Chances are if you have ever listened to any strand of early 2000s emo music you probably know all the words to “Hands Down.” Fronted by Chris Carraba, Dashboard Confessional are more acoustic rock with influences ranging from Bruce Springsteen to Weezer. They were a pretty popular band back in the 2000s, releasing their last full length in 2009. Since then, they have fallen under the radar with the exception of an EP in 2010. Dashboard Confessional just wrapped up a summer tour with The All-American Rejects, The Maine and The Social Animals.
My first thought was that these bands were all very strong alone, but together it seemed like a really odd lineup. So, I went to the show in Philadelphia at Festival Pier. The Social Animals were the only band I did not necessarily know about before the concert. I looked them up, but honestly their recorded music does not give them any justice. They are very indie and laid-back, but were still very captivating as an opening act. Typically, the majority of people talk during opening acts, however, The Social Animals had a nice stage presence, so even if you were not familiar with their music, they were still fun to watch.
After, The Maine came on stage. They are a typical pop punk band with very upbeat music. They played songs from their older album Can’t Stop Won’t Stop to their newest release, Lovely Little Lonely. I thought they had a good stage presence and I was really impressed by the way John Callaghan was able to interact with the crowd. He talked directly with people who were not showing excitement and kept asking them to “let loose and dance.” People like Callaghan are some of my favorite people to watch on stage because you can really tell they enjoy it.
The All-American Rejects were similar in the way that Tyson Ritter would make jokes and comments the whole night. They opened their set with “Dirty Little Secret,” which is the staple of every 2000s movie. They included songs from as early as 2002 to their most current releases “Sweat” and “Close Your Eyes.” As much as I liked their more upbeat songs, the atmosphere during “Mona Lisa” showed a different, softer side of the band which they normally are not associated with.
The most interesting part about this concert had to be the fact that I immediately knew who was there for each band. The majority of teens to early twenties wanted to watch The Maine, and anyone older was probably there for the All-American Rejects, even though they were not the headliner. It seemed only a handful of people were actually there for Dashboard Confessional, which I thought was pretty weird since they were the headliner and are a really crowd-orientated band as well. They had a more acoustic and soft rock vibe, but the crowd wanted someone to keep them active and dancing throughout the whole concert. However, I thought it was perfect. By the time the All-American Rejects wrapped up their set, Dashboard Confessional was there to balance everything out. They sang all of their classic songs like “Screaming Infidelities,” “Vindicated” and “Hands Down.” I was really surprised when they covered “Today,” The Smashing Pumpkins classic. I was taken aback by how good it sounded, especially since I prepared myself for the worst. I normally am not a fan of covers, but I have to say this one impressed me.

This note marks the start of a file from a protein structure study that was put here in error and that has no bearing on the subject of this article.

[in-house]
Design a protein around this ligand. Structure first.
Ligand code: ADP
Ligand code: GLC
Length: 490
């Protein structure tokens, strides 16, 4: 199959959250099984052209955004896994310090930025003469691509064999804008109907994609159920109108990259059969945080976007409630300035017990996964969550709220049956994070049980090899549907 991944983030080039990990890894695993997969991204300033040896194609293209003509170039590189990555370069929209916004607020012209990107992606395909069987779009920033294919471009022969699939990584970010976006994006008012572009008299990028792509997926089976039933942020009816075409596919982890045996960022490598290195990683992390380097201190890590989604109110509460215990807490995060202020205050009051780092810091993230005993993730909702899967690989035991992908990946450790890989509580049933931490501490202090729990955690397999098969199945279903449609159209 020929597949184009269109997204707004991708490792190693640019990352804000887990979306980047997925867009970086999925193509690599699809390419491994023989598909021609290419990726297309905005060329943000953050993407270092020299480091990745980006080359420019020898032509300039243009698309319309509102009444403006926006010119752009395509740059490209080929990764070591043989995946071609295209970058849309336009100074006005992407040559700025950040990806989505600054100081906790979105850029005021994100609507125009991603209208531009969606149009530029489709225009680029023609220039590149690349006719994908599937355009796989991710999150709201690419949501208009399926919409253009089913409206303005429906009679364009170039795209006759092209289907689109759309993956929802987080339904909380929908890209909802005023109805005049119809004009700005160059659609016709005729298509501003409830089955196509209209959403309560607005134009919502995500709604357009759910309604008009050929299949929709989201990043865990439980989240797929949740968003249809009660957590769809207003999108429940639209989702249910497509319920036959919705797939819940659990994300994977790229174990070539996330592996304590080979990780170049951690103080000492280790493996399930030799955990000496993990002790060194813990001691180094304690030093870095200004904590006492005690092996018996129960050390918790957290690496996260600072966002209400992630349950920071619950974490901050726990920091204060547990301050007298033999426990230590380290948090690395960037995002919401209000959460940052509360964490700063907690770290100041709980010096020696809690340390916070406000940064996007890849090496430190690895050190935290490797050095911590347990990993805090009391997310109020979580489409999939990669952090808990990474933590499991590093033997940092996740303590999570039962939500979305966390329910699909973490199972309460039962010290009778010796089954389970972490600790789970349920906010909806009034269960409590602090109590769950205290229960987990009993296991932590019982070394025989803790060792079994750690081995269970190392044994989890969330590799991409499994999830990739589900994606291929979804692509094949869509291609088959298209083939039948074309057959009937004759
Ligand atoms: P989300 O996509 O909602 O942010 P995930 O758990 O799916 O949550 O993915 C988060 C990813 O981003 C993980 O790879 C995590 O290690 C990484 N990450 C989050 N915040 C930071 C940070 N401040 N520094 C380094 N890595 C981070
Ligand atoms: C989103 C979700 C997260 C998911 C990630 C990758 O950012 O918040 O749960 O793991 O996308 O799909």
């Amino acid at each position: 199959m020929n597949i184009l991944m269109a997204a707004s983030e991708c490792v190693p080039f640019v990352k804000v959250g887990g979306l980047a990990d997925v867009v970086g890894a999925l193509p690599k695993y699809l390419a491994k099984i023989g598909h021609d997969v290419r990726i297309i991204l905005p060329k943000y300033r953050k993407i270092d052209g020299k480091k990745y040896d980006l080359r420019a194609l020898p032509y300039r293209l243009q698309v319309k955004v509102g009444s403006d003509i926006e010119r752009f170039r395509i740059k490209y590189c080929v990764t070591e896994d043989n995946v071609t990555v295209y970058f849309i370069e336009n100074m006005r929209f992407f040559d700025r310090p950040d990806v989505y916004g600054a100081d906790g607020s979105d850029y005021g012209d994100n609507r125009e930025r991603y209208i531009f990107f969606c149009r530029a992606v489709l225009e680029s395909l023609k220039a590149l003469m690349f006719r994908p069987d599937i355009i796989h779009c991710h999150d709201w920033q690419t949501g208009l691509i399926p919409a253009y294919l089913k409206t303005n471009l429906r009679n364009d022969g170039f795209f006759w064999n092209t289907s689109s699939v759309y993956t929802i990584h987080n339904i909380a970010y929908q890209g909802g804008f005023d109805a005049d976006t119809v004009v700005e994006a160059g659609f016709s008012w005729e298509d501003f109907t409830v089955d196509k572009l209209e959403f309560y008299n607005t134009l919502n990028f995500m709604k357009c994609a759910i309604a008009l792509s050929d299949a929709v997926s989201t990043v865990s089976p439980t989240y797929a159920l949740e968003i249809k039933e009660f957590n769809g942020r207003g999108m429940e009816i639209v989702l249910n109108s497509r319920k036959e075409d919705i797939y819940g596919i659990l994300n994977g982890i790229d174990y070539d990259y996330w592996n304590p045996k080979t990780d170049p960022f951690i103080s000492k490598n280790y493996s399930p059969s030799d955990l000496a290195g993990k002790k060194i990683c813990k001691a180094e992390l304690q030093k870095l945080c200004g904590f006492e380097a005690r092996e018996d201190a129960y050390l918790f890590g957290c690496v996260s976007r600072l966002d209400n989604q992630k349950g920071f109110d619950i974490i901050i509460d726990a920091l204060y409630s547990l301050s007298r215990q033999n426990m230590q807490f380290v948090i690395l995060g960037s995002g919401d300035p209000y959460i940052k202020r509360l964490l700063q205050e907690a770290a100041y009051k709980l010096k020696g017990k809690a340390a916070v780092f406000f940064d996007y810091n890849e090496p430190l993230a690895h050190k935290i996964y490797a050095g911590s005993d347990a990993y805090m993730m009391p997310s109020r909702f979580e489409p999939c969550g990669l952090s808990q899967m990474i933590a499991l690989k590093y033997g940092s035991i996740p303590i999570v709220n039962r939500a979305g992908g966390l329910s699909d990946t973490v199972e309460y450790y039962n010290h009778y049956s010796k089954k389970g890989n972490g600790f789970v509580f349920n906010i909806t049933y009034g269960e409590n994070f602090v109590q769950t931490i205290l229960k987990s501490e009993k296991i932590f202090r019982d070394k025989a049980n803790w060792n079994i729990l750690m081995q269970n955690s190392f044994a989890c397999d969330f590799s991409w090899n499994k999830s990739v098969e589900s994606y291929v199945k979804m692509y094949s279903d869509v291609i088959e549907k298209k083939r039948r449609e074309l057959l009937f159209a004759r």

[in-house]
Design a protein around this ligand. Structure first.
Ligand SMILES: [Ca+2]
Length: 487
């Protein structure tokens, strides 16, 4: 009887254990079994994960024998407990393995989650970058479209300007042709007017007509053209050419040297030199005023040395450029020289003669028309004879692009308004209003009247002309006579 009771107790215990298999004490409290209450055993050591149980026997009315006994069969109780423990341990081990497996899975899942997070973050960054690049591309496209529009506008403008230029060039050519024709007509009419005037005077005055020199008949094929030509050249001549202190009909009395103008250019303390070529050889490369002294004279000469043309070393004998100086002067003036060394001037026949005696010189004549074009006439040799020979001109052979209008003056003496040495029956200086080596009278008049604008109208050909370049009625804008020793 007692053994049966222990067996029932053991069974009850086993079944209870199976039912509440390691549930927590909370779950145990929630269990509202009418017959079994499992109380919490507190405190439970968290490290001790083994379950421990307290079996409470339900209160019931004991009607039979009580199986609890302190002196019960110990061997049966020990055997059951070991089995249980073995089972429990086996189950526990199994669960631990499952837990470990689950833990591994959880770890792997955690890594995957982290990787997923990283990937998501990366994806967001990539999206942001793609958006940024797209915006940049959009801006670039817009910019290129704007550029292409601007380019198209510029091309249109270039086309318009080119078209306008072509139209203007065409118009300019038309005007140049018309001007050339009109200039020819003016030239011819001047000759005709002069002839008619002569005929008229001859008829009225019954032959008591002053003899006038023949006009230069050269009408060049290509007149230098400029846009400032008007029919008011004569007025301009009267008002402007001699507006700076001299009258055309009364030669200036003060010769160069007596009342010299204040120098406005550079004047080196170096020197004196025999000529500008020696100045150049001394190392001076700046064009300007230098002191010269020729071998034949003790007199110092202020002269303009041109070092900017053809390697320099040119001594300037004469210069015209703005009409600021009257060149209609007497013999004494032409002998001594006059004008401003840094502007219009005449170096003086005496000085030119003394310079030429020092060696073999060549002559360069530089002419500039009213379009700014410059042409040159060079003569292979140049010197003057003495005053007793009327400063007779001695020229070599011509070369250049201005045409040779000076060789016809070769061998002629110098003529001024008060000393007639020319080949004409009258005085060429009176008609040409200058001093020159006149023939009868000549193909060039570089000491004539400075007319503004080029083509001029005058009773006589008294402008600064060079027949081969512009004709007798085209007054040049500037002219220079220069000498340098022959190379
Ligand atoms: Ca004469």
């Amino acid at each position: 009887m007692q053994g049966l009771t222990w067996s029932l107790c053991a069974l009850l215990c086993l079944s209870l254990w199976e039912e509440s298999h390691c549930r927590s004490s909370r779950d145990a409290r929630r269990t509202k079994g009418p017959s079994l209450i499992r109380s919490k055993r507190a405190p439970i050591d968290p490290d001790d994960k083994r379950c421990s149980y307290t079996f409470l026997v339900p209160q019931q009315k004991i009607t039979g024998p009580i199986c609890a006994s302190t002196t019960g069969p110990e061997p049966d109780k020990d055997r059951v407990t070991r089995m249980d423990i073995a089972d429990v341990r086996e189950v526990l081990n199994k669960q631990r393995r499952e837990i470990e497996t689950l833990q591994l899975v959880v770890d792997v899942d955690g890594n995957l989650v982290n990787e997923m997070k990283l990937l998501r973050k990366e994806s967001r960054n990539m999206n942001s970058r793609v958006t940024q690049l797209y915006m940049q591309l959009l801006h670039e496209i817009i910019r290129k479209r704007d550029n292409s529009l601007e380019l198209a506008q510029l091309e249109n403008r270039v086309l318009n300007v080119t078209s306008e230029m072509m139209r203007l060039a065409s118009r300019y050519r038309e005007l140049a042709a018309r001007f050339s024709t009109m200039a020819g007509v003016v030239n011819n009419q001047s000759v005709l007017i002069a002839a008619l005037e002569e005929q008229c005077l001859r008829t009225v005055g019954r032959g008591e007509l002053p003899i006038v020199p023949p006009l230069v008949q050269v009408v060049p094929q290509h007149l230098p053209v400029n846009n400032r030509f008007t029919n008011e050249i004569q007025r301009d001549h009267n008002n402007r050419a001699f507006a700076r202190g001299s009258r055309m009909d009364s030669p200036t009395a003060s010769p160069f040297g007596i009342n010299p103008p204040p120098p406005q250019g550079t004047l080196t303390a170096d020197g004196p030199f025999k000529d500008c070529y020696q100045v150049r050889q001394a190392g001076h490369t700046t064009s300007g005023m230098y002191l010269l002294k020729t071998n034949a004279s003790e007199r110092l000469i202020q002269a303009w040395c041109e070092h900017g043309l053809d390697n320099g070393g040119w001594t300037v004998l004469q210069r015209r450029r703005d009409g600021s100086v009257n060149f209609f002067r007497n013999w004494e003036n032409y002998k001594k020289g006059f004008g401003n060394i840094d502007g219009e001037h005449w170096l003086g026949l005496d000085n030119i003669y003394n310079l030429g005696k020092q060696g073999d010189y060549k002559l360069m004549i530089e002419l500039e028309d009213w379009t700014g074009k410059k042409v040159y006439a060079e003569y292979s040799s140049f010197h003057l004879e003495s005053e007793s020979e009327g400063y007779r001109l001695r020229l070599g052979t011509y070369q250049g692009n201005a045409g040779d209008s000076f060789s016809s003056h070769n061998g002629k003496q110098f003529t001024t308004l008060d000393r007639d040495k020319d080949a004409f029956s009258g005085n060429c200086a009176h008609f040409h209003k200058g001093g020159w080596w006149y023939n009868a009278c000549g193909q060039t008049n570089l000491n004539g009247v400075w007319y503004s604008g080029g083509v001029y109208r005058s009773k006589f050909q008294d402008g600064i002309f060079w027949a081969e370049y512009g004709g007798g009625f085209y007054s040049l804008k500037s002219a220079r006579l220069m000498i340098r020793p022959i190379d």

Chris Carraba teased a new song and talked a lot about how they have been working on new music and hope to release it very soon. They sang a new song which felt very close to their roots. It had an acoustic vibe, but with a typical Dashboard Confessional fashion. Recently, the band has released an EP, covering Justin Bieber and The 1975, and Chris Carabba also features on “Hopes Up” by nothing,nowhere., an emo and hip-hop fusion artist.
— Ashley Gallagher